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University administration invokes hiring freeze, other financial measures

In anticipation of the pandemic’s financial impact, University administration is freezing raises, hires and promotions.
Illustrated by Morgan La Casse

As the University of Minnesota makes rapid decisions in response to COVID-19, employees anticipate what’s to come.

The University implemented a hiring and promotion freeze, which will be maintained through the end of the semester and potentially longer. Administrators and leaders discussed the expected financial implications of the pandemic in-depth at Tuesday’s Board of Regents meeting, as well as in a virtual town hall later that day. 

Exceptions to the freeze include “mission-critical” hires, or those related to health and safety, academic priorities, legal and compliance. Additionally, all essential employees are receiving a $2 an hour raise for time they are on campus.


Earlier this week, administrators announced voluntary cuts to their pay to offset some of the financial impact of the situation. 

University President Joan Gabel is cutting 10% of her $640,000 salary starting July 1 until the University returns to normal fiscal operations. Additionally, Gabel and around 200 senior leaders will work a week without pay. 

Regent Michael Hsu said while this is a good gesture, University administration could do more. 

“I’m happy they did it,” he said. “I just don’t think they went far enough, especially for the senior administrators.”


The lack of clear work hours, as well as a desire to support the University and students, have led to a more intense workload for many staff, said Chair of the Professionals and Administrators Senate Noelle Noonan. 

“I don’t know that there has been a lot of sort of equitable support turned back towards staff,” she said.

The University’s emergency declaration policy states that layoff and contract nonrenewal benefit programs may be suspended during a state of emergency, meaning less job protection for staff.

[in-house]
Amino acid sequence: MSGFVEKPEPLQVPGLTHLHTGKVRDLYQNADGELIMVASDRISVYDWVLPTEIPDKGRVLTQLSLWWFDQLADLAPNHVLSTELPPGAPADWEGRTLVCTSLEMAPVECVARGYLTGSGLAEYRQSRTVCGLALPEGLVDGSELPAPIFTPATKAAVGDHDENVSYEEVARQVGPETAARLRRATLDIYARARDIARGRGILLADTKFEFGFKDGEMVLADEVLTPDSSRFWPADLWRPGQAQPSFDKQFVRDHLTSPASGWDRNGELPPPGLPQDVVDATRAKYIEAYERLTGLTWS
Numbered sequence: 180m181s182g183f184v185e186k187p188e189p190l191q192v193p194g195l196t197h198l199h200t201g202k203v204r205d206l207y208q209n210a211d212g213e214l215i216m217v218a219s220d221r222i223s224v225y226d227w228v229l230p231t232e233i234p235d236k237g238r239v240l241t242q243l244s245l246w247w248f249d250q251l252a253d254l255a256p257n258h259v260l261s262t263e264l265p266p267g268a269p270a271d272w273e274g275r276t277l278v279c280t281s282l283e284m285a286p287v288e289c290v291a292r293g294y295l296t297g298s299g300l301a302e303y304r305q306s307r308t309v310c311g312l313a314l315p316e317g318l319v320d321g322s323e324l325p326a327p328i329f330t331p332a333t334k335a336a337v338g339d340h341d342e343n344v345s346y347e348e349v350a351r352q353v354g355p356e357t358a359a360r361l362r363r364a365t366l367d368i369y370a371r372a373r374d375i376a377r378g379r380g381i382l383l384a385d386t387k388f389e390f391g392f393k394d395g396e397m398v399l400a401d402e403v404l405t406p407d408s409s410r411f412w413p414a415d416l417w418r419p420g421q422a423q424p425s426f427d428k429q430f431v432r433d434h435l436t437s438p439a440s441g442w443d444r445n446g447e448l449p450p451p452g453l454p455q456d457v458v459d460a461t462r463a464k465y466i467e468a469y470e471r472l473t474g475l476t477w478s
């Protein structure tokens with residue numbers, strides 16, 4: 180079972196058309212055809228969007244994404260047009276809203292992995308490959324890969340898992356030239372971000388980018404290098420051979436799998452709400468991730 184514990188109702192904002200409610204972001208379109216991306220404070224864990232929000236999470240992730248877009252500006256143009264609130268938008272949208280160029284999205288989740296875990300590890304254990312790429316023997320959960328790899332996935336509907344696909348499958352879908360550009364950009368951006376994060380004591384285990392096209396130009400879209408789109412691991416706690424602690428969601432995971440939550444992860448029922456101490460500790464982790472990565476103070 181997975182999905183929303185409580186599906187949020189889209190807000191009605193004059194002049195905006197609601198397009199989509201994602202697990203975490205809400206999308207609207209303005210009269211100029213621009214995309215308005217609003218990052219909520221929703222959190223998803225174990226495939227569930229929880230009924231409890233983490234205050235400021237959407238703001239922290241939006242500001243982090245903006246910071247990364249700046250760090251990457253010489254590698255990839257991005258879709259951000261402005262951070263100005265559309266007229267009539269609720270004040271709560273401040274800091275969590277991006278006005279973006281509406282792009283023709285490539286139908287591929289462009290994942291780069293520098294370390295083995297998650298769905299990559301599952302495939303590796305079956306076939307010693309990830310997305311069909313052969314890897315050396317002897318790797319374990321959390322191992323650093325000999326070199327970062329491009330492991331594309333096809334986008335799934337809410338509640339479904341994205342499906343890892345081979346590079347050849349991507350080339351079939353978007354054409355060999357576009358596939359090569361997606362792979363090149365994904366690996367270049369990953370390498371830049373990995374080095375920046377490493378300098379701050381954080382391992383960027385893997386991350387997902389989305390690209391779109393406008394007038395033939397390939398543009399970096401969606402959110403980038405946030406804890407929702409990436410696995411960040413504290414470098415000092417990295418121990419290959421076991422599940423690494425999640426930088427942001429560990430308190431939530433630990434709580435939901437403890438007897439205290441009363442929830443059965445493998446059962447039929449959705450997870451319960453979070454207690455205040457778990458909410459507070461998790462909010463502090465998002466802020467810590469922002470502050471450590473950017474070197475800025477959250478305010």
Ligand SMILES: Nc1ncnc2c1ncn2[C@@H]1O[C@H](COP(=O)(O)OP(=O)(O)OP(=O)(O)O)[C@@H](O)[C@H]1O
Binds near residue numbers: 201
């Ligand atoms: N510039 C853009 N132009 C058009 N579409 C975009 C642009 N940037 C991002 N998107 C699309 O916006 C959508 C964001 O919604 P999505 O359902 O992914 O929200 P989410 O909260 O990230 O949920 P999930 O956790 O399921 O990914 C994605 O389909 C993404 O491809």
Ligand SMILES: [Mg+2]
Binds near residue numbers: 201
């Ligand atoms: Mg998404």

At the town hall Tuesday, Interim Vice President of Human Resources Ken Horstman said there will be significant changes in the coming months.

“The advantage of a hiring freeze at this time is that it forces us to apply diligence [and] scrutiny to any potential new hire,” Horstman said. “This stewardship also serves the purpose of protecting our current faculty and staff.” 

The University made a commitment to keep employee pay “whole” for as long as possible, Gabel said at the town hall. 

“There are probably tough choices coming, but the starting point for those choices will remain the same, which is that this institution’s greatest asset is its people,” she said.

Hsu expressed concern about the financial implications of continuing to pay employees who are not able to work.

“My question is, are we actually doing enough?” he said. “The hiring freeze is one thing, that just means that they’re not bringing new people on, but, you know, what are you doing with all the other people?”


Professor Sumanth Gopinath, vice president of the University’s chapter of the American Association of University Professors, said he is concerned about potential financial hits to programs and units. Nontenured faculty may be impacted first, he said. 

“What I’m very, very much hoping is that the hiring freeze and the salary freeze … will help to really minimize the impact on nontenure track faculty,” said Faculty Consultative Committee Vice Chair Phil Buhlmann.

Along with the hiring freeze, the University implemented a yearlong extension of the tenure clock, meaning faculty pursuing tenure will have another year before moving to the next step in the process. 

Because of the challenges and additional workload for faculty teaching online, the extra year was necessary and a positive decision, Buhlmann said. 

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